Forum outlines divisions leading up to Copenhagen

Speaking at a symposium organized by the Council on Foreign Relations in Washington on Tuesday, Atul Arya, the chief adviser for energy and climate policy for BP, the British oil company, said the odds of achieving a broad, global agreement at climate talks in Copenhagen next month were “very, very low.”

  Read the rest of this entry »

Daily Digest – November 10th

In Daily Digest on November 11, 2009 at 12:11 am

EarthWorld Energy Outlook 2009: Business As Usual Unsustainable

The world is on course for a six degrees Celsius (10.8 F) temperature rise and rising energy costs, if business as usual is continued, the International Energy Agency (IEA) concludes in the report World Energy Outlook 2009 published on Tuesday.

Ban Ki-Moon heads to Washington to push for climate deal

Ban plans to meet with key senators and White House officials to discuss how governments are approaching the climate negotiations “and what those governments expect, in terms of the role of the United States,” the secretary-general’s top adviser on climate change said Monday.

Lula to Obama and Hu Jintao “Time to show some leadership in Copenhagen”

Brazil’s president has challenged other world leaders to attend next month’s climate talks in Copenhagen to break the deadlock in negotiations to cut greenhouse gas emissions.

  Read the rest of this entry »

Daily Digest – November 9th

In Daily Digest on November 9, 2009 at 9:52 pm

earthHow should we measure emissions and reductions?

The bigger the pledged emissions cuts or reductions in growth in carbon dioxide pollution, the greater the need to prove nations meet those targets and curb the pace of climate change.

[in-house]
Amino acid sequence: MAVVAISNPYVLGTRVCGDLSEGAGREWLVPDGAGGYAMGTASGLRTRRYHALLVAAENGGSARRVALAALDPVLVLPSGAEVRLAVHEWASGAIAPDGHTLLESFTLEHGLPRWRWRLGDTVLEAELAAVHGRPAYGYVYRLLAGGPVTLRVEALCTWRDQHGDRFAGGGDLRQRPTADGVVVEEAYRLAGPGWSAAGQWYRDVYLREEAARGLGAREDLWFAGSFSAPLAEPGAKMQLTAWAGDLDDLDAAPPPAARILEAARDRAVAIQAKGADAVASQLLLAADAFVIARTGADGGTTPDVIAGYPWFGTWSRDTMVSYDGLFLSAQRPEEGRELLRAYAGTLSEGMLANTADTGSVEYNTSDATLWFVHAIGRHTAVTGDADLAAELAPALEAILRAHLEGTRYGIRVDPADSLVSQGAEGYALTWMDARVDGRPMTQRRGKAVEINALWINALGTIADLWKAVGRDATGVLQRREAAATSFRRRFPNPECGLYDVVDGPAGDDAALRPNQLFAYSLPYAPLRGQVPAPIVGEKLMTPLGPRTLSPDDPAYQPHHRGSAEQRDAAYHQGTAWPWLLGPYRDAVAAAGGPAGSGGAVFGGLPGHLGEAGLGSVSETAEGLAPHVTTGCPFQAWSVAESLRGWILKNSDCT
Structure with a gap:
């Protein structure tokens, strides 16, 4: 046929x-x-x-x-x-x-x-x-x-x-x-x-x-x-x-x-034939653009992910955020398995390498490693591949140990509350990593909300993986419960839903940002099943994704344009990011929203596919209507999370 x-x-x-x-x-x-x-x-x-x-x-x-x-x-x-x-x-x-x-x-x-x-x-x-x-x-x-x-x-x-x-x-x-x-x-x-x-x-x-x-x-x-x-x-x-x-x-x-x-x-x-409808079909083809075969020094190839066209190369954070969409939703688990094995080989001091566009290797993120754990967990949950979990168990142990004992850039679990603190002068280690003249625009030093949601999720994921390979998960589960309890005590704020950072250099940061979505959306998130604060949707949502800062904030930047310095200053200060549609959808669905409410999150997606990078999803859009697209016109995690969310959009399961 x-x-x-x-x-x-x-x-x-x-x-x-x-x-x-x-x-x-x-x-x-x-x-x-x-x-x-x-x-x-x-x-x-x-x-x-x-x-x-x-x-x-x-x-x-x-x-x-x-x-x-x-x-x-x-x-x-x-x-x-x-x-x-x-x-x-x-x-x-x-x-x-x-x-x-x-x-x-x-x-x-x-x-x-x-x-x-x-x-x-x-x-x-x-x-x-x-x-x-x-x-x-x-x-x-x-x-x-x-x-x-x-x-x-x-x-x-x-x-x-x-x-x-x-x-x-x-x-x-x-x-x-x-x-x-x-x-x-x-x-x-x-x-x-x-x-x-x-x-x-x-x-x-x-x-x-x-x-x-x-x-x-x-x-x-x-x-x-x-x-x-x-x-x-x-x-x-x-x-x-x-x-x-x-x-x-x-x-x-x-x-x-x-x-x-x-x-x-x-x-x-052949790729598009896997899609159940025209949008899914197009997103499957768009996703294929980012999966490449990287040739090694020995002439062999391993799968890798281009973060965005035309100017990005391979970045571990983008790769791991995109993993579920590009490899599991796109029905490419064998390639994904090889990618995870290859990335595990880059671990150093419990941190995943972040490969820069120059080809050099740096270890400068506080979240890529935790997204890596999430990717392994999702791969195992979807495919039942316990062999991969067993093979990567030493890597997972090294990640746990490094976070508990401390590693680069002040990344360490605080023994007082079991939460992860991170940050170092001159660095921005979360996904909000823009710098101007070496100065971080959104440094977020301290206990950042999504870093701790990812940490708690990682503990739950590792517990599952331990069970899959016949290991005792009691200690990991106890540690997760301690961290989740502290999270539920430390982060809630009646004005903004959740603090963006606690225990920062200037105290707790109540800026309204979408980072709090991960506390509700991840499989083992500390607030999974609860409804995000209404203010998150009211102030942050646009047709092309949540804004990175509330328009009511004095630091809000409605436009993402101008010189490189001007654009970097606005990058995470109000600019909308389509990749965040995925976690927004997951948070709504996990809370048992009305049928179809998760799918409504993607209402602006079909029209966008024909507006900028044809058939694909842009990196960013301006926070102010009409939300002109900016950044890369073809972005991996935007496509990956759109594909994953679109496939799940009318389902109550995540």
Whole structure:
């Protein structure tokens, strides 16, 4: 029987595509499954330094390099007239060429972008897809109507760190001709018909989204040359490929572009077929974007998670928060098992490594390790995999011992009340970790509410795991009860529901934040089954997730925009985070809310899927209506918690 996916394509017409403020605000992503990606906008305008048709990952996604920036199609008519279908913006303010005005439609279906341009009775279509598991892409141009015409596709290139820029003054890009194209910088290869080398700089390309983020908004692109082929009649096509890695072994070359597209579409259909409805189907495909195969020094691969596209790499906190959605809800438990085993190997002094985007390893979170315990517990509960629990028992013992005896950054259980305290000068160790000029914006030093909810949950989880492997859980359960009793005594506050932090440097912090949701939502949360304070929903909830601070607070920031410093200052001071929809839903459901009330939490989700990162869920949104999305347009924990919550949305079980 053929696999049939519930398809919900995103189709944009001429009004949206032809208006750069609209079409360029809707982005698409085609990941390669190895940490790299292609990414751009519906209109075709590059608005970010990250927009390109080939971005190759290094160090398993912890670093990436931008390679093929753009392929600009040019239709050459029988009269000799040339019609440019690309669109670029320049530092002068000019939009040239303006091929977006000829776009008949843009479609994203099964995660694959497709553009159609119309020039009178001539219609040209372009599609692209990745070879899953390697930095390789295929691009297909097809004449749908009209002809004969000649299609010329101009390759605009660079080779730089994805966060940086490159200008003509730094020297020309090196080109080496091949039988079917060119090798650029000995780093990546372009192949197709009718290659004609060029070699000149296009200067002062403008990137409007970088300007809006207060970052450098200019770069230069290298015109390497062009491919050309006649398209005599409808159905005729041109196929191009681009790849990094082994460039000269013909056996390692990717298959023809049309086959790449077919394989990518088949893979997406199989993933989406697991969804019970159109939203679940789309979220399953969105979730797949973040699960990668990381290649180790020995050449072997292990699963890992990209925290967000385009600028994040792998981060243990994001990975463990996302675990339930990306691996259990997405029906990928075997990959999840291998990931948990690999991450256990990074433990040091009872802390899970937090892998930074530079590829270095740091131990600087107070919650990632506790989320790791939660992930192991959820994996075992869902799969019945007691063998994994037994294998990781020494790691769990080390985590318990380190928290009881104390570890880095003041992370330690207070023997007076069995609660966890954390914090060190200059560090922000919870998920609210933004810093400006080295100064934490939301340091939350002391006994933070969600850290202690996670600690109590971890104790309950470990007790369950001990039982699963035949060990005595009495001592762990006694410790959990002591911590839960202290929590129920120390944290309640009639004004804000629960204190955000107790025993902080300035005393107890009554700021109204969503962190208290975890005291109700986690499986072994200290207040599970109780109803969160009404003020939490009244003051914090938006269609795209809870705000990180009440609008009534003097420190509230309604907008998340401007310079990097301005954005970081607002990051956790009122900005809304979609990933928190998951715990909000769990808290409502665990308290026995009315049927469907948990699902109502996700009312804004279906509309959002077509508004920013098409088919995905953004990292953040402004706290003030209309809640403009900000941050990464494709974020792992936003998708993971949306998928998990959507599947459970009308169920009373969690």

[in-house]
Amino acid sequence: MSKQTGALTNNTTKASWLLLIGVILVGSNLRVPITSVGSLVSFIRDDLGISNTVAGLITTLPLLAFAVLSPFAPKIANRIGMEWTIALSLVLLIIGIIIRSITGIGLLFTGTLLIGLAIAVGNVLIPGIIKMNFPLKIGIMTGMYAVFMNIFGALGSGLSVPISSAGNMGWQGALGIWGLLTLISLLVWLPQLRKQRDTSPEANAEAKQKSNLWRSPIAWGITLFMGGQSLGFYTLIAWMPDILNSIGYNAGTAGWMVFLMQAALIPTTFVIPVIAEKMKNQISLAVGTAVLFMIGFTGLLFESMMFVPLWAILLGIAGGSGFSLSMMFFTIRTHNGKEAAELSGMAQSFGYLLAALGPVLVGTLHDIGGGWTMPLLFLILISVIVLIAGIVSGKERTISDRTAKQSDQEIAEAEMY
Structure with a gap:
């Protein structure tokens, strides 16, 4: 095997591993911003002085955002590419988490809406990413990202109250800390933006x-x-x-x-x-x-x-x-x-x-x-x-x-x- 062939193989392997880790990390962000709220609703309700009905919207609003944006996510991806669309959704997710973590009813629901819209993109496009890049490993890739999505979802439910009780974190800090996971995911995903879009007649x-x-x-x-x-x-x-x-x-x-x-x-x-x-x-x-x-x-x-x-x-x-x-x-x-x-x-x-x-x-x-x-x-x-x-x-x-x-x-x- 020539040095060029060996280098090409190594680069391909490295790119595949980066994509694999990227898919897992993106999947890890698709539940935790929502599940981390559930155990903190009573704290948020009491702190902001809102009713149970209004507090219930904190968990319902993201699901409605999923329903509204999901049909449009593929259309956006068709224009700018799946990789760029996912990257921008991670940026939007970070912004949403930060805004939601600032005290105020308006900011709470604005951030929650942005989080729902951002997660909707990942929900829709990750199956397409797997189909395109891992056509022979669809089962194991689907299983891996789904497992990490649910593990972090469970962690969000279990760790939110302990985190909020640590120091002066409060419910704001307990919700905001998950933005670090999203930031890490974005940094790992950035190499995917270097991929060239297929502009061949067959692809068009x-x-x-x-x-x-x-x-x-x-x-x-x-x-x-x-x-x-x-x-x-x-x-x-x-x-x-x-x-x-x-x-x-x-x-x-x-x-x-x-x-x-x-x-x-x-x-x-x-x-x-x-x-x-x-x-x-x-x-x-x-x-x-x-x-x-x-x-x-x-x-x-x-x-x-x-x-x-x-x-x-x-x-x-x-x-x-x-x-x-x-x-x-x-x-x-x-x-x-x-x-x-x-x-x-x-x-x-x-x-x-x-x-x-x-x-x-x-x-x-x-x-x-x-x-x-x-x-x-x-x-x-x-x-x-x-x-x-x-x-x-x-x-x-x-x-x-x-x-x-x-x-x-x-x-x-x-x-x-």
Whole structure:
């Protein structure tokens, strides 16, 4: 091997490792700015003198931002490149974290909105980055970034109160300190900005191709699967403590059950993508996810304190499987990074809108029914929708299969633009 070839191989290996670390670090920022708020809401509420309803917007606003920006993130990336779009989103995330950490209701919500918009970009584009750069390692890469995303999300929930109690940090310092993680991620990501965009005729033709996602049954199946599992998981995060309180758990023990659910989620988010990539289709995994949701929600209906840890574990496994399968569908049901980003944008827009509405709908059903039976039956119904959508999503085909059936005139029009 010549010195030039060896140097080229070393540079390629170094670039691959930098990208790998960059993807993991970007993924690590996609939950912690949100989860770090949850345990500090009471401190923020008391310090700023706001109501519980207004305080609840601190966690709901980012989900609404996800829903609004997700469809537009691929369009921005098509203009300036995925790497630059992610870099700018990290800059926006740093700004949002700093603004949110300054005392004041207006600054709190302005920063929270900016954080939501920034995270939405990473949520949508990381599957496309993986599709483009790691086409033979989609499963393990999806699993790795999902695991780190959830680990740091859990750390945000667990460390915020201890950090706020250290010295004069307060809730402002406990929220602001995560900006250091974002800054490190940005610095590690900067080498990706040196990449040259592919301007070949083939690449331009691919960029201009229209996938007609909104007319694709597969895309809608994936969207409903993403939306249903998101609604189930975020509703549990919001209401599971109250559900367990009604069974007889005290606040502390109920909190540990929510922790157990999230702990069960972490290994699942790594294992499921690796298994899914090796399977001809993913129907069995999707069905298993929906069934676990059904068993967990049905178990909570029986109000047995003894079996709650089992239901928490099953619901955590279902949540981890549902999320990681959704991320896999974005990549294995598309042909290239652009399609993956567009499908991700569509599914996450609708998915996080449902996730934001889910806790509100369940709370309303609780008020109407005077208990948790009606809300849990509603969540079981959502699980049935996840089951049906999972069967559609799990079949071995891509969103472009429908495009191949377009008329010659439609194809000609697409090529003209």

Japan urging China to step on in Copenhagen

Japan urged China on Sunday to make an ”international commitment” to reduce greenhouse gases in a new carbon-capping framework to succeed the Kyoto Protocol. Japan ”strongly hopes China will show its active initiative (to curb emissions) to the international community in a new international framework as an international commitment,” Economy, Trade and Industry Minister Masayuki Naoshima told a Japan-China energy-saving and environmental forum in Beijing.

 

G-20 leaders come up short on climate financing

Rich countries and developing nations fought over climate change on Saturday, failing to make progress on financing ahead of a major environmental summit in Copenhagen next month.

  Read the rest of this entry »

Tracking Climate Change Negotiators

In COP15, Young voices on November 9, 2009 at 2:03 am

Adopt a negotiatorA lot of want I hope to do with this blog is to provide readers insight into the diverse perspectives that countries have leading up to Copenhagen. I came across a really unique organization that is actually tracking each country’s respective climate change negotiator. Adopt a Negotiator has deployed a team of 13 people speaking 9 different languages to follow climate change negotiators.

Wondering what the US delegation has been up to in Barcelona, want to know how the Canada delegation is reacting to stalled US legislative action on climate change? Adopt a Negotiator can keep you informed. Furthermore, this group of young trackers wants to make the international negotiation process more transparent and understood by the general public.